New Americans in Alabama
Download the Fact Sheet (Updated 2014)
Download the Previous Fact Sheet (From 2010)
Immigrants, Latinos, and Asians account for growing shares of the economy and population in Alabama. Immigrants (the foreign-born) make up 3.4% of the state’s population, and over one-third of them are naturalized U.S. citizens who are eligible to vote. Immigrants are not only important to the state’s economy as workers, but also account for billions of dollars in tax revenue and consumer purchasing power. Moreover, Latinos and Asians (both foreign-born and native-born) wield $5.8 billion in consumer purchasing power, and the businesses they own had sales and receipts of $3.6 billion and employed more than 25,000 people at last count. At a time when the economy is still recovering, Alabama can ill-afford to alienate such a critical component of its labor force, tax base, and business community.
Immigrants and their children are growing shares of Alabama’s population and electorate.
- The foreign-born share of Alabama’s population rose from 1.1% in 1990, to 2.0% in 2000, to 3.4% in 2011, according to the U.S. Census Bureau. Alabama was home to 162,673 immigrants in 2011, which is more than the total population of Alexandria, Virginia.
- 35.4% of immigrants (or 57,576 people) in Alabama were naturalized U.S. citizens in 2011—meaning that they are eligible to vote.
- Unauthorized immigrants comprised roughly 2.5% of the state’s population (or 120,000 people) in 2010, according to a report by the Pew Hispanic Center.
- 0.8% (or 19,504) of registered voters in Alabama were “New Americans”—naturalized citizens or the U.S.-born children of immigrants who were raised during the current era of immigration from Latin America and Asia which began in 1965—according to an analysis of 2008 Census Bureau data by Rob Paral & Associates.
5% of Alabamans are Latino or Asian.
- The Latino share of Alabama’s population grew from 0.6% in 1990, to 1.7% in 2000, to 3.9% (or 186,204 people) in 2011. The Asian share of the population grew from 0.5% in 1990, to 0.7% in 2000, to 1.1% (or 54,259 people) in 2011, according to the U.S. Census Bureau.
- In Alabama, 84.6% of children with immigrant parents were U.S. citizens in 2009, according to the Urban Institute.
- In 2009, 87.8% of children in Asian families in Alabama were U.S. citizens, as were 85.1% of children in Latino families.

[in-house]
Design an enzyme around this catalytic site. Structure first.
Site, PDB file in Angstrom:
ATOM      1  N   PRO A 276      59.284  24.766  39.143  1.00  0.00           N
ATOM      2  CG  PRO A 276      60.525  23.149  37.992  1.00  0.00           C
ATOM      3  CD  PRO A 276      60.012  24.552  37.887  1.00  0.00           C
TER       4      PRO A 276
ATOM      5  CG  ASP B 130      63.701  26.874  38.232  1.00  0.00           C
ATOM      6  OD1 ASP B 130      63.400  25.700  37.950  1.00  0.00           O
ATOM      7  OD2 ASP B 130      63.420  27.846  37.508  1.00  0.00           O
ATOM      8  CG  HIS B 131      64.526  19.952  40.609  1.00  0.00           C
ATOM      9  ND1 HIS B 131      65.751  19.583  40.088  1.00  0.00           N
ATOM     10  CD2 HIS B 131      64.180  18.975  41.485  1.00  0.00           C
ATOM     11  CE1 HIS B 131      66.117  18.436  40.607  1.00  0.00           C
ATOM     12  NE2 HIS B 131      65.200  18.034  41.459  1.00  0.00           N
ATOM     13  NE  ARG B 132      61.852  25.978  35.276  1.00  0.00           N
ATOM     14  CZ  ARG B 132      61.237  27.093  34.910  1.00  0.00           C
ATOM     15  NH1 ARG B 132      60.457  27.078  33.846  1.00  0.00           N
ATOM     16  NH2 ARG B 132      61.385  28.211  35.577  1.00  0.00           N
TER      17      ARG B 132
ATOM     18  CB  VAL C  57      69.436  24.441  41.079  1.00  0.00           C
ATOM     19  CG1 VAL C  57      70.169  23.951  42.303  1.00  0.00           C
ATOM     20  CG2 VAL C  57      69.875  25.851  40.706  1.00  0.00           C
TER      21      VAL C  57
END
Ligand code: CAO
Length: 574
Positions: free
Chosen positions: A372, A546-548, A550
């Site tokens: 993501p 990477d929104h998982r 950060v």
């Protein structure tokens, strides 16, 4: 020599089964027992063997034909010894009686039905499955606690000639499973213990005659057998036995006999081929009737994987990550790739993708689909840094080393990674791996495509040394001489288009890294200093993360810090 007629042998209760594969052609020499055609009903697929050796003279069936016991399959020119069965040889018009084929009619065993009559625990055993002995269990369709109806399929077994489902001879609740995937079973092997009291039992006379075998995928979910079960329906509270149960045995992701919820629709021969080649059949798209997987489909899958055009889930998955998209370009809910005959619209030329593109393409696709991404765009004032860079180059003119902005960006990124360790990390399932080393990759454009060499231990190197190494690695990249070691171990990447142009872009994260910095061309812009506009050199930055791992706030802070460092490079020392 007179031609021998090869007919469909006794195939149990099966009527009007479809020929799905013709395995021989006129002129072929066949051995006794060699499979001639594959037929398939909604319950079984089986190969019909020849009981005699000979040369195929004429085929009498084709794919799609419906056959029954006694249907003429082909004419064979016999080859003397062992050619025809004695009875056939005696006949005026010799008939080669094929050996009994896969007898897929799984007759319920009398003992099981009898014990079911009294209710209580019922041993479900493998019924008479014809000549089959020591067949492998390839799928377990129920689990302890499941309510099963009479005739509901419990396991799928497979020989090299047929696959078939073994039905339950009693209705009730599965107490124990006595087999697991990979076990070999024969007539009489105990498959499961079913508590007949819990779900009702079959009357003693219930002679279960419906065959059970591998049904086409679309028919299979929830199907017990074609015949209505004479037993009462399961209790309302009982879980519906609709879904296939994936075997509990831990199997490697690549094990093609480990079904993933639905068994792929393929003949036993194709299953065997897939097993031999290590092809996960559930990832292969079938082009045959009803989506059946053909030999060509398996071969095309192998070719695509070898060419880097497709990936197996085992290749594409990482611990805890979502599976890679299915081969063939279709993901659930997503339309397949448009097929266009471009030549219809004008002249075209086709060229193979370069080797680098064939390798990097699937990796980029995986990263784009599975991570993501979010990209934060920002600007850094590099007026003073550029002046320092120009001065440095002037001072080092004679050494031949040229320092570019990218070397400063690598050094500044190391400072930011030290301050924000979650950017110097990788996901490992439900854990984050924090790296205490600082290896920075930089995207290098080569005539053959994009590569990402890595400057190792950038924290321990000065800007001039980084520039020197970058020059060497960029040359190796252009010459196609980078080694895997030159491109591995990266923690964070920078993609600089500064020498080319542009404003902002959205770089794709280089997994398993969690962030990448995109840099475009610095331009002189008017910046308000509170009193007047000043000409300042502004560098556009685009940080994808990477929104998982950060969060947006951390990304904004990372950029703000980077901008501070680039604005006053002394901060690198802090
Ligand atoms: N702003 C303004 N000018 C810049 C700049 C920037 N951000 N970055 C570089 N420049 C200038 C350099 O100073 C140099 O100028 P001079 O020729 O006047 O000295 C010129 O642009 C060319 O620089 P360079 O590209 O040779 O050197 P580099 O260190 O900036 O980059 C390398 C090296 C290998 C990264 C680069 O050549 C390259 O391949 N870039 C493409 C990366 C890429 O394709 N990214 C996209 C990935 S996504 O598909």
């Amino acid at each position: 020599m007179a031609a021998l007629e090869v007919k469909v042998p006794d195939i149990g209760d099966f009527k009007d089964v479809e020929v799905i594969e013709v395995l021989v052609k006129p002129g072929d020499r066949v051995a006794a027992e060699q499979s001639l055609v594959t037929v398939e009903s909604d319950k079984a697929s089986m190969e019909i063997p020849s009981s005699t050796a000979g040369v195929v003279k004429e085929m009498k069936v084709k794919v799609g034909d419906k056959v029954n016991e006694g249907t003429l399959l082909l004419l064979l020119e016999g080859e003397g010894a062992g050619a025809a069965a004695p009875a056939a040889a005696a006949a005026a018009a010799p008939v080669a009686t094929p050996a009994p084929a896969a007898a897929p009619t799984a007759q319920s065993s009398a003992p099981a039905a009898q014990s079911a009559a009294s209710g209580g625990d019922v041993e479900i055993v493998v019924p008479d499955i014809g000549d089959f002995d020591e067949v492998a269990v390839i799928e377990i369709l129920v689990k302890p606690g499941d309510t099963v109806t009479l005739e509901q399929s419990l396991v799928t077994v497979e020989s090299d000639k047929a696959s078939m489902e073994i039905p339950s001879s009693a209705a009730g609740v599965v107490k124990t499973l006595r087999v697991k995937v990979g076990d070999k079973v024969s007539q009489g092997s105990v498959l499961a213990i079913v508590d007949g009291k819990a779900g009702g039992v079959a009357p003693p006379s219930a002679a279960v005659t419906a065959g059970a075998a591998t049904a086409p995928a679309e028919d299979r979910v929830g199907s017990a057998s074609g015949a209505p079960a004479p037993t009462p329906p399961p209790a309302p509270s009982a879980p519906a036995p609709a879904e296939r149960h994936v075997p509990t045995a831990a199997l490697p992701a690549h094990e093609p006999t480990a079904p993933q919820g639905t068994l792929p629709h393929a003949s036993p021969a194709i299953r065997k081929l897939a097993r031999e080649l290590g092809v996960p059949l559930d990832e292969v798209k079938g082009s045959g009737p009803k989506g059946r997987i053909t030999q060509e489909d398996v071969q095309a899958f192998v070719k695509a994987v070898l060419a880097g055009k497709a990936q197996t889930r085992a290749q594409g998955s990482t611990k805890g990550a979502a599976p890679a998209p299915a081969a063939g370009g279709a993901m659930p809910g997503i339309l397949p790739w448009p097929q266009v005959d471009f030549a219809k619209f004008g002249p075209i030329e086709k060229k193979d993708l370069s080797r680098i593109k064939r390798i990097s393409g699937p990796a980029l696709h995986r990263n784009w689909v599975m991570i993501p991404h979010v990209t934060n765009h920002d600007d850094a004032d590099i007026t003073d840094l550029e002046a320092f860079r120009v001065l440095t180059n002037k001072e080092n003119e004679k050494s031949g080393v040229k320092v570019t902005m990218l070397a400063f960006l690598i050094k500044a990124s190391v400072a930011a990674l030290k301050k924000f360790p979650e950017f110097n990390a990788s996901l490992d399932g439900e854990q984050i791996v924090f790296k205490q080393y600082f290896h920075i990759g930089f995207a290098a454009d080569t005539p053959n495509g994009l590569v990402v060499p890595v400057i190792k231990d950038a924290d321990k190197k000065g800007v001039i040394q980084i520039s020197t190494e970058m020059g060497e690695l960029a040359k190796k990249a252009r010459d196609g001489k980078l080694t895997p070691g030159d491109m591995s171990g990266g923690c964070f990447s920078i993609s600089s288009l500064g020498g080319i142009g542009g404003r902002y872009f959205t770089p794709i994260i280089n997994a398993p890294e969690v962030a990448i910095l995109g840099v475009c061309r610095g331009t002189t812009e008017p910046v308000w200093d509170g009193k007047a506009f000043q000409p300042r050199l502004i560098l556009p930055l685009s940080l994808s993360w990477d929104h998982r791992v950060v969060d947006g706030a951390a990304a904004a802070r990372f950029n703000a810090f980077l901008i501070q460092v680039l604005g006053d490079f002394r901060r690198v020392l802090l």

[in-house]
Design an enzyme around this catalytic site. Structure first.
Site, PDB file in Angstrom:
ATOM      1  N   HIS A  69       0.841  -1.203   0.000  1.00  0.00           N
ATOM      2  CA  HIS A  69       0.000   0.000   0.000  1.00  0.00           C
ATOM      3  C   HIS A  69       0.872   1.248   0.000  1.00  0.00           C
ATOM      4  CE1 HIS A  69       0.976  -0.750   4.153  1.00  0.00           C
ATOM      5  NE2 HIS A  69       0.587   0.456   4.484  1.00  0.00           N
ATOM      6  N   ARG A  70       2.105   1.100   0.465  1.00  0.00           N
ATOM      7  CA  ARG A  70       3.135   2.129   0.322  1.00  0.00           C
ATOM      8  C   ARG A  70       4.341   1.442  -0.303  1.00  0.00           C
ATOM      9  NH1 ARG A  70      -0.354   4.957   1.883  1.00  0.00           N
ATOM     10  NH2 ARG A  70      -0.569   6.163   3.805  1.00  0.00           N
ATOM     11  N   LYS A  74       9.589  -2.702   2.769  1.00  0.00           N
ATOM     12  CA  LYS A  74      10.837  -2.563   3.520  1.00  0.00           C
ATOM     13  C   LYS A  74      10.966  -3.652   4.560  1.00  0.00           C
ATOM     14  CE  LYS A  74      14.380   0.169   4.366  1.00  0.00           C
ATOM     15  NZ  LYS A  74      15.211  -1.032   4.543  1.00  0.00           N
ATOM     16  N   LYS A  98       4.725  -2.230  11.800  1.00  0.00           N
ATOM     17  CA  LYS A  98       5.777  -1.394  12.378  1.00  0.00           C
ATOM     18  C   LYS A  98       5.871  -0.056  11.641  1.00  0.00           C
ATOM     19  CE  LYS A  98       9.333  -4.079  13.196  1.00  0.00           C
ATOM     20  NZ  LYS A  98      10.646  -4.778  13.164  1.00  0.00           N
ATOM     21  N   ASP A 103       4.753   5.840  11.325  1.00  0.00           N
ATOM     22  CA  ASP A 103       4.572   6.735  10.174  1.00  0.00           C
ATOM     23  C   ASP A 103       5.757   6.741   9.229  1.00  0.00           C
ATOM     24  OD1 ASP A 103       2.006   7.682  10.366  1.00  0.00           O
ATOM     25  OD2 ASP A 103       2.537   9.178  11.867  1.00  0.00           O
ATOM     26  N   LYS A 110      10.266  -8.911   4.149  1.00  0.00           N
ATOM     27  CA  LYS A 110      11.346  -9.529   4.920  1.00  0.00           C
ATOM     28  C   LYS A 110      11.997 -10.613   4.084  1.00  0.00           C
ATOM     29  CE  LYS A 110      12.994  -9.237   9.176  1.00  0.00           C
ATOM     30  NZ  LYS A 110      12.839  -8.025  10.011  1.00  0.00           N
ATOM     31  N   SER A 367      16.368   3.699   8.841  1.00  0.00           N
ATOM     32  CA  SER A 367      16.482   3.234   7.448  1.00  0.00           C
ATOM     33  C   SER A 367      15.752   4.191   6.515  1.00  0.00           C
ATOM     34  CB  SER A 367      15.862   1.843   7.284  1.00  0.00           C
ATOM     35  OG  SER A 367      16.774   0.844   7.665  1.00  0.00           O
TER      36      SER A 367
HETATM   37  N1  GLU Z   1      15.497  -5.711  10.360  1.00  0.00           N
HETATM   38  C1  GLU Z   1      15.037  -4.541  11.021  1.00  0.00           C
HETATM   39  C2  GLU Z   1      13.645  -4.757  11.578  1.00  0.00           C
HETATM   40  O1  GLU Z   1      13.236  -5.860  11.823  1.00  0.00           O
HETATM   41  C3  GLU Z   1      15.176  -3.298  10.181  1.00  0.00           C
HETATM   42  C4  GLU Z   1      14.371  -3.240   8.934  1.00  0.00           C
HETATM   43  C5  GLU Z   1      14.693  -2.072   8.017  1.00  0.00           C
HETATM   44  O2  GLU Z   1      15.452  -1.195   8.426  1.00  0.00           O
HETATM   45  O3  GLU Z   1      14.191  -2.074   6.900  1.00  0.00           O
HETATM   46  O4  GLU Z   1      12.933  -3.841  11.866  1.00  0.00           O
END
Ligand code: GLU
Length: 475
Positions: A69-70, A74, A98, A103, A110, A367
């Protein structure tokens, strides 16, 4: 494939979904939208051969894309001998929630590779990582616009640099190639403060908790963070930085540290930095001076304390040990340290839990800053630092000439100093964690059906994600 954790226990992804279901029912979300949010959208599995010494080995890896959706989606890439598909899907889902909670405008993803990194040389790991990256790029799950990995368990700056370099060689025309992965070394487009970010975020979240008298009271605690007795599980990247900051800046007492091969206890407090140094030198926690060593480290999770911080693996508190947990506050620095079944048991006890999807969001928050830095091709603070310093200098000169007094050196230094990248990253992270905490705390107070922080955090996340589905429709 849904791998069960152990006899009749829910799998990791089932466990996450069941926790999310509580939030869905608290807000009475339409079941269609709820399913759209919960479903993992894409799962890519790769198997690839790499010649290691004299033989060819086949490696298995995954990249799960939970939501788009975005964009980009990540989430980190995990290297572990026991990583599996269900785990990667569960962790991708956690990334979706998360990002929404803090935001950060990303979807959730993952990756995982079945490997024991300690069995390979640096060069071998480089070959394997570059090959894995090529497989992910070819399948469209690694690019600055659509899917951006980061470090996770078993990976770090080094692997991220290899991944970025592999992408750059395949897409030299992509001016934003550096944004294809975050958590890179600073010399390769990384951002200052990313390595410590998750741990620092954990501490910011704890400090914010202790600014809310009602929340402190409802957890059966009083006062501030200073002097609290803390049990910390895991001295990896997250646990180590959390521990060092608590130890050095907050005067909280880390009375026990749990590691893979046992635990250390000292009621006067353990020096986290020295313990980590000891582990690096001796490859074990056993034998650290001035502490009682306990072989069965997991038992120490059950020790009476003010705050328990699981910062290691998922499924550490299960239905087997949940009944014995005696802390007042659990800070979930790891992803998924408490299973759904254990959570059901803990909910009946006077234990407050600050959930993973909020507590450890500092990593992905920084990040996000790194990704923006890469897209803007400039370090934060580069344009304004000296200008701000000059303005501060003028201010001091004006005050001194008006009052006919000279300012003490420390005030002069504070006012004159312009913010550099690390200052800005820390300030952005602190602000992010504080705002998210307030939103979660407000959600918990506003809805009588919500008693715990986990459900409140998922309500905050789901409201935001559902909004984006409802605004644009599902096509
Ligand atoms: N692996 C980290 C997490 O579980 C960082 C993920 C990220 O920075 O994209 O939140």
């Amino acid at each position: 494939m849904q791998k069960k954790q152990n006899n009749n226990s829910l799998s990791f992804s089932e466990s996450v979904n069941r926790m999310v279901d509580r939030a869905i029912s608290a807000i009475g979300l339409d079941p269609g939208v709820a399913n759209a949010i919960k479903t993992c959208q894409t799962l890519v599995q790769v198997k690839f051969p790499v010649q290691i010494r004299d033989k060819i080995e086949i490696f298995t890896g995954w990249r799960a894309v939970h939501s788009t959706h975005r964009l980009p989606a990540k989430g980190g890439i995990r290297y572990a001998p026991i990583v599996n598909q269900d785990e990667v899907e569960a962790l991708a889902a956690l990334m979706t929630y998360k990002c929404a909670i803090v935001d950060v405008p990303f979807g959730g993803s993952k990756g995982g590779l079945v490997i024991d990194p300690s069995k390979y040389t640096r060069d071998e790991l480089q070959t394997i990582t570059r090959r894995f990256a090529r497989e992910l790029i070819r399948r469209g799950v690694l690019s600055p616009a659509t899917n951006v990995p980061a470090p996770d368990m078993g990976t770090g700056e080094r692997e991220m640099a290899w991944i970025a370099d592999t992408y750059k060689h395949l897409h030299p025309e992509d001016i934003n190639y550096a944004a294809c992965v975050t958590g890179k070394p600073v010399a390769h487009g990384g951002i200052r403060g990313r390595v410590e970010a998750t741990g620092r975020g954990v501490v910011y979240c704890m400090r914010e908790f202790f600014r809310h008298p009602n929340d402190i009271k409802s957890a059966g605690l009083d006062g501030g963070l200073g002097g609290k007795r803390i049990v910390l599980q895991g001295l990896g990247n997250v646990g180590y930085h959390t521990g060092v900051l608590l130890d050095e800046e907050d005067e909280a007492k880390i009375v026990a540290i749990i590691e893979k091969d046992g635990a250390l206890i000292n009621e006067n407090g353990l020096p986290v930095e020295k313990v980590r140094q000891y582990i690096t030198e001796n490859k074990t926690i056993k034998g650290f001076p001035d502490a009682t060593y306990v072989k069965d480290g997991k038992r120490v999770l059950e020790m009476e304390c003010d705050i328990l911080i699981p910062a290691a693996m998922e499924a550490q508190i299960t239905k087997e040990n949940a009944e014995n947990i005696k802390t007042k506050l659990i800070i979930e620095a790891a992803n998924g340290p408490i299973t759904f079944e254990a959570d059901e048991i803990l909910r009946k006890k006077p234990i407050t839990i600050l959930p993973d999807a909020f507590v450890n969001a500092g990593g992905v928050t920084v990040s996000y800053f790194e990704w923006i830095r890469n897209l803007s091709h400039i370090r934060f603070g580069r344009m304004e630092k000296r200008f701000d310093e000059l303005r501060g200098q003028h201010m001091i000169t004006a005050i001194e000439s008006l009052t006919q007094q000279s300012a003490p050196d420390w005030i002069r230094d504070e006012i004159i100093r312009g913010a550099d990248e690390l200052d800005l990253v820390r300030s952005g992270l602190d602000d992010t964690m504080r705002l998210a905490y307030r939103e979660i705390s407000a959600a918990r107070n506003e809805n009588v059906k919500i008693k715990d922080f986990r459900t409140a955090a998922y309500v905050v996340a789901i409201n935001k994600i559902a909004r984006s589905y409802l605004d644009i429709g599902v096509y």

Latino and Asian entrepreneurs and consumers add billions of dollars and tens of thousands of jobs to Alabama’s economy.
- The 2012 purchasing power of Latinos in Alabama totaled $3.5 billion—an increase of 1,164% since 1990. Asian buying power totaled $2.3 billion—an increase of 705% since 1990, according to the Selig Center for Economic Growth at the University of Georgia.
- Alabama’s 4,439 Latino-owned businesses had sales and receipts of $1 billion and employed 7,346 people in 2007, the last year for which data is available. The state’s 6,908 Asian-owned businesses had sales and receipts of $2.6 billion and employed 17,993 people in 2007, according to the U.S. Census Bureau’s Survey of Business Owners.
Immigrants are important to Alabama’s economy as workers.
- Immigrants comprised 4.7% of the state’s workforce in 2011 (or 107,062 workers), according to the U.S. Census Bureau.
Unauthorized immigrants are important to Alabama’s economy as workers and taxpayers.
- Unauthorized immigrants in Alabama paid $118.1 million in state and local taxes in 2010, including $91 million in sales taxes, $19.6 million in state income taxes, and $7.6 million in property taxes, according to data from the Institute for Taxation and Economic Policy.
- Were unauthorized immigrants in Alabama to have legal status, they would pay $148.9 million in state and local taxes, including $96 million in sales taxes, $44.7 million in state income taxes, and $8.1 million in property taxes.
- Unauthorized immigrants comprised roughly 4.2% of the state’s workforce (or 95,000 workers) in 2010, according to a report by the Pew Hispanic Center.
- If all unauthorized immigrants were removed from Alabama, the state would lose $2.6 billion in economic activity, $1.1 billion in gross state product, and approximately 17,819 jobs, even accounting for adequate market adjustment time, according to a report by the Perryman Group.
Immigrants contribute to Alabama’s economy as students.
- Alabama’s 6,450 foreign students contributed $135.6 million to the state’s economy in tuition, fees, and living expenses for the 2011-2012 academic year, according to NAFSA: Association of International Educators.
Naturalized citizens excel educationally.
- In Alabama, 33.6% of foreign-born persons who were naturalized U.S. citizens in 2011 had a bachelor’s or higher degree, compared to 18.1% of noncitizens, according to data from the Migration Policy Institute. At the same time, only 19.7% of naturalized citizens lacked a high-school diploma, compared to 42.6% of noncitizens.
- The number of immigrants in Alabama with a college degree increased by 55.2% between 2000 and 2011.
- In Alabama, 80.6% of children with immigrant parents were considered “English proficient” as of 2009, according to data from the Urban Institute.
- The English proficiency rate among Asian children was 88.6%, while for Latino children it was 79%, as of 2009.
Published On: Thu, Jan 10, 2013 | Download File